President-designate's Report

The following remarks were delivered during the public session of The Ohio State University Board of Trustees meeting on Thursday, August 27, 2020.


Good afternoon, everyone. It is wonderful to be back on campus. I want to welcome all of you — board members, students, faculty, staff and other guests.

I also want to give a special welcome to our newest board members, Elizabeth Harsh and Reginald Wilkinson. We are so grateful to have you both join the board. I look forward to working with you and the Buckeye community to move our university forward.

I also want to recognize our Distinguished University Professors who spoke earlier: Dr. Janet Box-Steffensmeier, Dr. Susan Olesik and Dr. Roger Ratcliff. They clearly represent the excellence of our faculty, and it is wonderful to hear about their research and scholarship.

As you know, our return to campus this fall has been unlike any other. These are uncertain times, and we will continue to make adjustments and enhancements based on newly emerging information and data. Through it all, however, our objective remains the same: to support a safe and healthy environment in which everyone can learn, teach, live and work together.

The university began by setting up a COVID-19 Transition Task Force in April led by Ms. Gail Marsh. The Task Force engaged in an inclusive and comprehensive planning process from April until the end of July to develop guidelines and recommendations for a safe return to on-campus operations. In August, we stood up the COVID-19 Response Implementation Team, chaired by Dr. Morley Stone and Mr. Mike Hofherr, to implement the plan.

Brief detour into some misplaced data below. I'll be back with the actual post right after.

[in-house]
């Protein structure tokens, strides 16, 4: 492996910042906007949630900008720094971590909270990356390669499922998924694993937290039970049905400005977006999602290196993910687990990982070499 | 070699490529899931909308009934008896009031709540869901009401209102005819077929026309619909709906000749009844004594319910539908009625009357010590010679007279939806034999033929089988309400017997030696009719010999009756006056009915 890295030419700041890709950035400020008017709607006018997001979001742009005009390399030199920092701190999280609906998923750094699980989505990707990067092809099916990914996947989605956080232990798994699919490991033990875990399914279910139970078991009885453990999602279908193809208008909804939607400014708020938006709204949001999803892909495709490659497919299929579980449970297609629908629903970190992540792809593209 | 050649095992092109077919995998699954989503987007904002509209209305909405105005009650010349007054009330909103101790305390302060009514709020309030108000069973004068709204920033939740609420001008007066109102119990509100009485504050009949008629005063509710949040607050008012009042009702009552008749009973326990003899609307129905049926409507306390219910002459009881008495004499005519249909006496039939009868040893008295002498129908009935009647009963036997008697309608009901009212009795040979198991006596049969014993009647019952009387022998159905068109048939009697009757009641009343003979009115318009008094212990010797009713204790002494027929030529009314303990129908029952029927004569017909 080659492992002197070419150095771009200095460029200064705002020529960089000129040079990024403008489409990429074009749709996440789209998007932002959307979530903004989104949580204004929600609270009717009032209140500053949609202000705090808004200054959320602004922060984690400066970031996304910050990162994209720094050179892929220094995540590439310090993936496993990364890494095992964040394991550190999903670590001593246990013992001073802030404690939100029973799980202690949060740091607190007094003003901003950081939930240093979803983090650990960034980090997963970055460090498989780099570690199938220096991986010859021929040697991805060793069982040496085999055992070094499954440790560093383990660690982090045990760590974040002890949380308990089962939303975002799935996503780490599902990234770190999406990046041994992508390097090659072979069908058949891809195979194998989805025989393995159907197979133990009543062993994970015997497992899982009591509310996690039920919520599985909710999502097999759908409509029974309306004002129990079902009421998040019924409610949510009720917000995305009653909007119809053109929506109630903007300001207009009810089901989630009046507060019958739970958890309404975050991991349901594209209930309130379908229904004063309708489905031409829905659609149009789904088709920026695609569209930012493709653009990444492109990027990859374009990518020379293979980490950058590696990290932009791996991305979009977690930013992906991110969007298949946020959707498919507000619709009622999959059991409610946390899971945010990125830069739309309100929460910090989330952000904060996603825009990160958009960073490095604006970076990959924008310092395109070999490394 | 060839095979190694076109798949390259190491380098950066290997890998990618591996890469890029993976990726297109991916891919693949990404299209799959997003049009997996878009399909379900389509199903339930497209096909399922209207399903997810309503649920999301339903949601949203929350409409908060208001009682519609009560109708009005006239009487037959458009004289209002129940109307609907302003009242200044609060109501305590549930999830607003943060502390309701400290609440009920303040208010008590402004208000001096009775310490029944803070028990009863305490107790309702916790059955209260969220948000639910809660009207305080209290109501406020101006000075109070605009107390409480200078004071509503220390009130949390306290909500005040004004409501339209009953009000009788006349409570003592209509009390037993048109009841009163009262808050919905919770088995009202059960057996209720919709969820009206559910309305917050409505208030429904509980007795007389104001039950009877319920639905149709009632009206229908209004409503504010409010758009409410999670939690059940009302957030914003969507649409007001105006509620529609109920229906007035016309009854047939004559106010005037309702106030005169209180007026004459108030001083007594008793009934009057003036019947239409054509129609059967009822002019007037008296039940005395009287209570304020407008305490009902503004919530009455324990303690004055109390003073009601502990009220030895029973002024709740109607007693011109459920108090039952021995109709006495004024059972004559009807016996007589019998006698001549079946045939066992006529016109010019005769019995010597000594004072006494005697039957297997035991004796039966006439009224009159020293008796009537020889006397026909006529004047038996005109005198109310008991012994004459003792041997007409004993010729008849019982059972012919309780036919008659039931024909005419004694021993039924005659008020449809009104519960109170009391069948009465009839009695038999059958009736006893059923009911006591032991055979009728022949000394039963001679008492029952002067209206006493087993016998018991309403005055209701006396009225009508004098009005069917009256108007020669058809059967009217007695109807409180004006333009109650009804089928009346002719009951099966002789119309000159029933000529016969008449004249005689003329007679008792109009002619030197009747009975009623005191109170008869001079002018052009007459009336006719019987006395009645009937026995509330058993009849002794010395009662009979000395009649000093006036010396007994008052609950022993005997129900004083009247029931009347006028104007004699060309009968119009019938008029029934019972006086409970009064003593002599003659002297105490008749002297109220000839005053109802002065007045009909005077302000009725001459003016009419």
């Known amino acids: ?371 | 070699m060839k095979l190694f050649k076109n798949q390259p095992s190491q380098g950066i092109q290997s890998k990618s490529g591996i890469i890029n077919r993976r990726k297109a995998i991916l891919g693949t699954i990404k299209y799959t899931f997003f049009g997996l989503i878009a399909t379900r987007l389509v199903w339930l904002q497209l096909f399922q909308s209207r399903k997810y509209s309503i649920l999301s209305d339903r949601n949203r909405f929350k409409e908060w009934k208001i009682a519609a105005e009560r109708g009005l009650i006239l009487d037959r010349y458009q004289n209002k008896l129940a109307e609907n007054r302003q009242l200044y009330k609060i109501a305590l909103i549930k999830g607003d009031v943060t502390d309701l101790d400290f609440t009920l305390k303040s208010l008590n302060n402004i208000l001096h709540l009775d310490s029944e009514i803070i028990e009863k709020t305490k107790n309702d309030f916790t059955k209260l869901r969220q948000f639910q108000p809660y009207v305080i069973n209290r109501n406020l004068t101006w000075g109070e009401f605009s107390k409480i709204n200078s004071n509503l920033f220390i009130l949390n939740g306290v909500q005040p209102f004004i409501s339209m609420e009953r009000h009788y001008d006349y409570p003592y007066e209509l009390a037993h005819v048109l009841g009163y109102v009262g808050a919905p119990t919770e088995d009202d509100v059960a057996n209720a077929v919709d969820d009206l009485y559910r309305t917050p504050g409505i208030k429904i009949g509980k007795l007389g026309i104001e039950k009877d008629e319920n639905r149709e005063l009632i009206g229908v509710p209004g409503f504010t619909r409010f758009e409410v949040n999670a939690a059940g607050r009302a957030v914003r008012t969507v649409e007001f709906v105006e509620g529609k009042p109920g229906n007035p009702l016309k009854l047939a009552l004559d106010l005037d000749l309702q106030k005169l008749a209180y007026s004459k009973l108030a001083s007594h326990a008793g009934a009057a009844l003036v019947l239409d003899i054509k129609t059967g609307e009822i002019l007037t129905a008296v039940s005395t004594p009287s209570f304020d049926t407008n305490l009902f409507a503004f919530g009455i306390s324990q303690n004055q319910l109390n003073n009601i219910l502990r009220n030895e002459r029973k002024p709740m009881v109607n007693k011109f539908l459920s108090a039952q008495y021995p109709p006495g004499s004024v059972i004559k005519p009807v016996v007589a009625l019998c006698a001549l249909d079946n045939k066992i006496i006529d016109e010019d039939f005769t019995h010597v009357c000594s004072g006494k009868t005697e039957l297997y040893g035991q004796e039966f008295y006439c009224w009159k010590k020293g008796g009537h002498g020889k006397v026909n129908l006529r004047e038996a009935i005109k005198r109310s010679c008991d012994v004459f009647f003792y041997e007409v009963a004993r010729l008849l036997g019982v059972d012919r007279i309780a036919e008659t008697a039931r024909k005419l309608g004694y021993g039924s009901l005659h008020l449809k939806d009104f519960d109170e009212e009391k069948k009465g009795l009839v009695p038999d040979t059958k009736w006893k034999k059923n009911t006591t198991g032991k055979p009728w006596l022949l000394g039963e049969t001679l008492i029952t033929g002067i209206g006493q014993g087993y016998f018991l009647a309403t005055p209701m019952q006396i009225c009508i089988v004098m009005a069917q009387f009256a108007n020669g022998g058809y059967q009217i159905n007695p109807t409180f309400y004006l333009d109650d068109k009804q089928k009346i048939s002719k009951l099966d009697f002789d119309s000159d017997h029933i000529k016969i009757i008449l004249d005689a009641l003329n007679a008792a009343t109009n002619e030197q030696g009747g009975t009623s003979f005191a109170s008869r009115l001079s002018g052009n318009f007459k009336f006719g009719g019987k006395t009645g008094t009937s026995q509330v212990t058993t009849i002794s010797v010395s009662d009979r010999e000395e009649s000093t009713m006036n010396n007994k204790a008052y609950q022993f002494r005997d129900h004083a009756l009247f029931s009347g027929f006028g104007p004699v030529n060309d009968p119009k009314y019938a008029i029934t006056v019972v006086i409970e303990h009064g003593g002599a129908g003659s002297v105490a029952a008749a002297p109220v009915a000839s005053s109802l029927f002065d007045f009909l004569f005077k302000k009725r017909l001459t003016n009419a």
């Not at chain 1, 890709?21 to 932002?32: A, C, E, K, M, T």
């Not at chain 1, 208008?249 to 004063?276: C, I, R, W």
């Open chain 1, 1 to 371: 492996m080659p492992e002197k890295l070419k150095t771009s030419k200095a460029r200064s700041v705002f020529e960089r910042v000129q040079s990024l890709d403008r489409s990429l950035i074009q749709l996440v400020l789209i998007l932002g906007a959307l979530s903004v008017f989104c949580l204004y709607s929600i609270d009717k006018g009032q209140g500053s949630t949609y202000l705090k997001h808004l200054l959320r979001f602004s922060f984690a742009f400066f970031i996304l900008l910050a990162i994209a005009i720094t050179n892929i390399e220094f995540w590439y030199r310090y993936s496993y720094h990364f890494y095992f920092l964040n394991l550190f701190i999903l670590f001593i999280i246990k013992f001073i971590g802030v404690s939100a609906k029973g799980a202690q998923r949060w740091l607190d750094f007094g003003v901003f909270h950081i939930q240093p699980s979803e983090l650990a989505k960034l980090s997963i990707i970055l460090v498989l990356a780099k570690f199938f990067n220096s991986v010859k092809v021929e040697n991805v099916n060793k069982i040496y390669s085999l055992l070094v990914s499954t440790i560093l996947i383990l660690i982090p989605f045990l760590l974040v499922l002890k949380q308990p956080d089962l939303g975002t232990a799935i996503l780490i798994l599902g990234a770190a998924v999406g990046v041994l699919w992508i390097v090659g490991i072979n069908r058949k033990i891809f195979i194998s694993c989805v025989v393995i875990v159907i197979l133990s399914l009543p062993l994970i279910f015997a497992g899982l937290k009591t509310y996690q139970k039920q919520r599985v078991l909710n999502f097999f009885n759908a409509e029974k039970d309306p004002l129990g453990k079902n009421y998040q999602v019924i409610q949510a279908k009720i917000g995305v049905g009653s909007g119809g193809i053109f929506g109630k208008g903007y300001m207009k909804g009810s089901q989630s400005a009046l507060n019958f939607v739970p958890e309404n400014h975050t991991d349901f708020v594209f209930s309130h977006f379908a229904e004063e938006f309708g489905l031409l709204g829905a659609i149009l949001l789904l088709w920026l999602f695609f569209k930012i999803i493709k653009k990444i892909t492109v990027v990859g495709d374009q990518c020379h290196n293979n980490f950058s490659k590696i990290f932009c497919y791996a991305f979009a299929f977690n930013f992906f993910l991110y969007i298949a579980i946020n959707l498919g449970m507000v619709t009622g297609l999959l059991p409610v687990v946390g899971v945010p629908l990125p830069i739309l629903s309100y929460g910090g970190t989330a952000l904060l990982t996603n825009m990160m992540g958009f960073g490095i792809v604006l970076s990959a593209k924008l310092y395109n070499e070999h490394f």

We created and continue to update our Safe and Healthy Buckeyes website, which includes information on topics such as safety measures, campus readiness, classrooms, and health and wellness resources. 

We implemented guidelines and requirements related to personal hygiene, face masks, physical distancing, surveillance testing, daily health checks and more. 

We established a requirement that every student, faculty member and employee complete online training on health and safety and then sign the “Together As Buckeyes Pledge,” promising to follow university guidelines to protect ourselves and others. And as new data and discoveries about COVID-19 became available, we identified opportunities to further enhance the safety of our students, faculty and staff. For example, we further reduced the maximum class size from 100 to 50 students or fewer, to reduce the probability of transmission in our classroom settings.

We significantly increased the number of contact tracers to help reduce the spread of the virus to more than 50 and growing. We expanded our testing program to include weekly testing of all students who are living on campus, and we are going to be testing off-campus students as well. We limited the number of people for in-person gatherings to 10 or fewer to align with Governor DeWine’s guidance.

This week, the university launched a dashboard of aggregate test results from our comprehensive COVID-19 testing program, as well as metrics on pandemic preparedness. Information is a powerful tool in stopping the spread of the virus, and we want our community to have as much information as possible.